Eric the Unready
Description official description
An ancient prophecy states that King Fudd the Bewildered will die peacefully, his daughter accompanying him during his last hour. However, Princess Lorealle the Worthy mysteriously disappears, abducted by her stepmother Morgana, who intends to put her own daughter on the throne. In order to prevent the princess from being rescued by a valiant knight, Morgana makes sure that the Union Hall selects the most unworthy one for this valiant task: Eric the Unready, known for bringing the book "How to Joust" to his duels.
Eric the Unready is a humorous text adventure with graphics, similar in concept to Legend's own Spellcasting series. Like in those games, the player can select combinations of verbs and objects from a list to interact with the environment, but is encouraged and sometimes required to type commands as well. Some scenes display full-screen character portraits with pre-set dialogue choices. The game often makes verbose humorous comments on the player's actions, including many completely optional and arbitrary ones. It contains many segments that parody various aspects of contemporary pop culture as well as other video games.
Credits (DOS version)
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|Graphics / 3D Programming|
|Music / Sound Programming|
|Interpreter / Development System|
|Graphics / Artwork|
|[ full credits ]|
Average score: 80% (based on 9 ratings)
Average score: 3.6 out of 5 (based on 41 ratings with 3 reviews)
Let me quote a remark of Bob Bates, experienced designer and mastermind behind Eric the Unready: "An adventure game has to entertain the player even when he makes mistakes." Given this prerequisite, Eric the Unready is the ideal adventure game. Almost every action you attempt, however strange, triggers an answer, most of them gems of humour. Heck, it's even more fun to do wrong things than actually solve the puzzles, just to laugh at the results! Moreover, Eric the Unready is one of the (unfortunately) very few titles that parody other games. The surprising, ingenious reference to Zork alone is worth playing the whole thing.
Okay, Eric is not the ideal adventure game. But it's close. The puzzles, although (with some patience) solveable, lack brilliancy; in fact, they tend to get a little bit frustrating in the later game.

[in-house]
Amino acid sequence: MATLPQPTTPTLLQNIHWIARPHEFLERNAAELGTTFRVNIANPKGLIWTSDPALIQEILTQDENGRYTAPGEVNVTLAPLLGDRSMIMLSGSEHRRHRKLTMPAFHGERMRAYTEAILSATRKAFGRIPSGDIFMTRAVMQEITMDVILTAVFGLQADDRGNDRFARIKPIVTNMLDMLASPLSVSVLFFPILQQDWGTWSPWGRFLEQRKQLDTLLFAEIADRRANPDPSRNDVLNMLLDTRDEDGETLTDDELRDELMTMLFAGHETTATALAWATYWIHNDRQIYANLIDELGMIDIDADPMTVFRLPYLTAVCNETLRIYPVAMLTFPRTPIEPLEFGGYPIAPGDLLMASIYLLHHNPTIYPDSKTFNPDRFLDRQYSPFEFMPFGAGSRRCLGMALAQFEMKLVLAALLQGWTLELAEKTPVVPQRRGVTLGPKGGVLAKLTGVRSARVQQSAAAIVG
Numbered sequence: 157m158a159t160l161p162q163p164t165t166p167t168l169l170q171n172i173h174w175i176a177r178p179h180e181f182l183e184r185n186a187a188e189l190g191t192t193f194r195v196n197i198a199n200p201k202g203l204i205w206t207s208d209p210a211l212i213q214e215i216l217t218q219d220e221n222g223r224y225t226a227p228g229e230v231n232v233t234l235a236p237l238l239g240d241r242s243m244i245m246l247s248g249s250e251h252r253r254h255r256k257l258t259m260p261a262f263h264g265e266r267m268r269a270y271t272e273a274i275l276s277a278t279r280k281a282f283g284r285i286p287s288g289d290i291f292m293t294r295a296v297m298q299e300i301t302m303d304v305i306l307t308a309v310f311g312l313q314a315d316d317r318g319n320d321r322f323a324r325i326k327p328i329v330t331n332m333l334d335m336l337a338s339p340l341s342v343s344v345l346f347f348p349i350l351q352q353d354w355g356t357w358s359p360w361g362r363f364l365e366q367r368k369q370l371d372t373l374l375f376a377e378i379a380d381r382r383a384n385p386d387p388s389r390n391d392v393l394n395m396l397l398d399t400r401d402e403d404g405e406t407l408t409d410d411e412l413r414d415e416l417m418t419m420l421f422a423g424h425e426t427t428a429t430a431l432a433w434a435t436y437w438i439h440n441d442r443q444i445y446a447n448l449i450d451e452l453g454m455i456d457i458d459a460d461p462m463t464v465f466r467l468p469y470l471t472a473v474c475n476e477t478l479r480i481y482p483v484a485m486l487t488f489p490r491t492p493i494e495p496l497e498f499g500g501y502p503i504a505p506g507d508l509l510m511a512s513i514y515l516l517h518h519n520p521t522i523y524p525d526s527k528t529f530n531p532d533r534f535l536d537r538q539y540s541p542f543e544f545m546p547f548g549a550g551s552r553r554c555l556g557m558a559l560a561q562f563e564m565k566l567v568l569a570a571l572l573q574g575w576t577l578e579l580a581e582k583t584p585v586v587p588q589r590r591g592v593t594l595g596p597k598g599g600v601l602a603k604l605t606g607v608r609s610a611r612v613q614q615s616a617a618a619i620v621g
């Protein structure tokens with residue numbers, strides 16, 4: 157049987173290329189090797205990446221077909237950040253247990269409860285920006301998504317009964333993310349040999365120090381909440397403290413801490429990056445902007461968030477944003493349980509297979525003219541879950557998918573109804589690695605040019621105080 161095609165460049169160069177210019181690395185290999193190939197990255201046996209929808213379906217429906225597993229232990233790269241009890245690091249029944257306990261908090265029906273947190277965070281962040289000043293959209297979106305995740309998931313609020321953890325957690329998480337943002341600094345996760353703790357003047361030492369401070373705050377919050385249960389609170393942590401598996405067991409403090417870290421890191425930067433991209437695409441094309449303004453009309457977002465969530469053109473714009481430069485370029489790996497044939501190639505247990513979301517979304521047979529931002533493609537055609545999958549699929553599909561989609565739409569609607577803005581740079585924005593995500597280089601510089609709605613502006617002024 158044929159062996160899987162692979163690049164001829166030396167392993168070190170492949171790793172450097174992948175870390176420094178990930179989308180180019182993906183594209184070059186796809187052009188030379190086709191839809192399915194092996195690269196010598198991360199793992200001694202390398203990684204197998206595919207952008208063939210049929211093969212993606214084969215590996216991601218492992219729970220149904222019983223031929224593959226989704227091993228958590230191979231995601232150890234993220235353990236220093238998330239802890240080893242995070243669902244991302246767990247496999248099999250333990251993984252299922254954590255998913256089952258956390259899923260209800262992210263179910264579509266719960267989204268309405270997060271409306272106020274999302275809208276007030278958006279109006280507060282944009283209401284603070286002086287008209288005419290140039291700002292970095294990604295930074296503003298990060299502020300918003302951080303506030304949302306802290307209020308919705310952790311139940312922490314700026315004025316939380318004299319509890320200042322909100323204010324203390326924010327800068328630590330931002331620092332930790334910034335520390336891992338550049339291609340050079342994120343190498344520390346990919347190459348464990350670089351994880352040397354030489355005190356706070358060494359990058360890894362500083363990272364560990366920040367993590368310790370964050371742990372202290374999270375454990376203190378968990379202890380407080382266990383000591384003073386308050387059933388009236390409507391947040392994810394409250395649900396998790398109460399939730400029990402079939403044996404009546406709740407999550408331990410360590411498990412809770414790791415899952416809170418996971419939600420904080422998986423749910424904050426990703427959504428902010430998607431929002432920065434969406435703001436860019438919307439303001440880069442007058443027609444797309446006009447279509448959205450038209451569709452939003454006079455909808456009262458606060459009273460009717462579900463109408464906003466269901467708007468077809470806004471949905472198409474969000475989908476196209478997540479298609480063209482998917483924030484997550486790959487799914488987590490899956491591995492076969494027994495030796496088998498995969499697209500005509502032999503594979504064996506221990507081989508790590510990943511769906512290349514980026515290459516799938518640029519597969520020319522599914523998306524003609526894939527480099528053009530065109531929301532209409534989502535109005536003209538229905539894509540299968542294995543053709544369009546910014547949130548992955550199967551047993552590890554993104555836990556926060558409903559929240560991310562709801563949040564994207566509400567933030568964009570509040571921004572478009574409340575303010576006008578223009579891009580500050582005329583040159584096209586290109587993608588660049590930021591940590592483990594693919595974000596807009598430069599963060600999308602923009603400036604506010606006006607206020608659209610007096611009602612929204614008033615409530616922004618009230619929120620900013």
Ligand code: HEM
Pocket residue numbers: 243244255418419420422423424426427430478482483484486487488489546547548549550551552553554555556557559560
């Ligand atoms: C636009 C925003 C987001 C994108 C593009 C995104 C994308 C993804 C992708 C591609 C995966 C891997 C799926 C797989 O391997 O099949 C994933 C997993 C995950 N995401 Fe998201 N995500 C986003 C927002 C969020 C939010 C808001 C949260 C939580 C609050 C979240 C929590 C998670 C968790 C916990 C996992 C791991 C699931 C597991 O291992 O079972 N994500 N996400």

The Bottom Line
A great parody, witty and extremely funny. But above all, you will never be bored. This is the essence of good entertainment.
DOS · by -Chris (7764) · 2000
This was the first and best Interactive Fiction with Graphics game I’ve played. It was a good change to see this game focusing on parodies, more than the storyline itself. I enjoyed getting the items which Eric needed on his quest to save Princess Lorealle. Of all the items, the Pitchfork was my favourite. I also liked the whole underground empire, and the music certainly made it feel more gloomy. I enjoyed a lot about this game, from the introduction right down to the many puzzles there were to solve. There were also a lot of great jokes and game references in this particular game, which the player can enjoy, from Monkey Island to Zork. This game has it all. It even had a so called "review" from Guybrush Theepwood which was funny, I'll admit.
A bit too short. Sadly it is a shame to hear that Legend: Entertainment Company is no more. They have produced great games in the past and Eric The Unready is a classic.
The Bottom Line
If you're looking for great quality comedy in a game, pick this up, if not try the Monkey Island series instead.
DOS · by Everett Lamb (9) · 2004
Comedy games usually make for very entertaining experiences, as they have by nature that which makes a good game: they are FUN. Remember that word? Comedy games are entertaining by nature, and among the most entertaining among them you have Eric the Unready, a tongue-in-cheek medieval parody adventure from Legend.
As the goofy but well-meaning Eric, you somehow manage to get yourself honored as a knight in the game's opening and thus get entrusted to take care of some "knightly" business and completing a series of quests. As it goes, Eric finds himself involved in a major quest to save a princess that's being forced to marry a hideous creature. This plot actually hides a much more sinister ploy to take control of the kingdom but poor Eric only knows that he has to go out there and get the requisite magical items that will allow him to enter the evil castle and (hopefuly) get the girl in the process.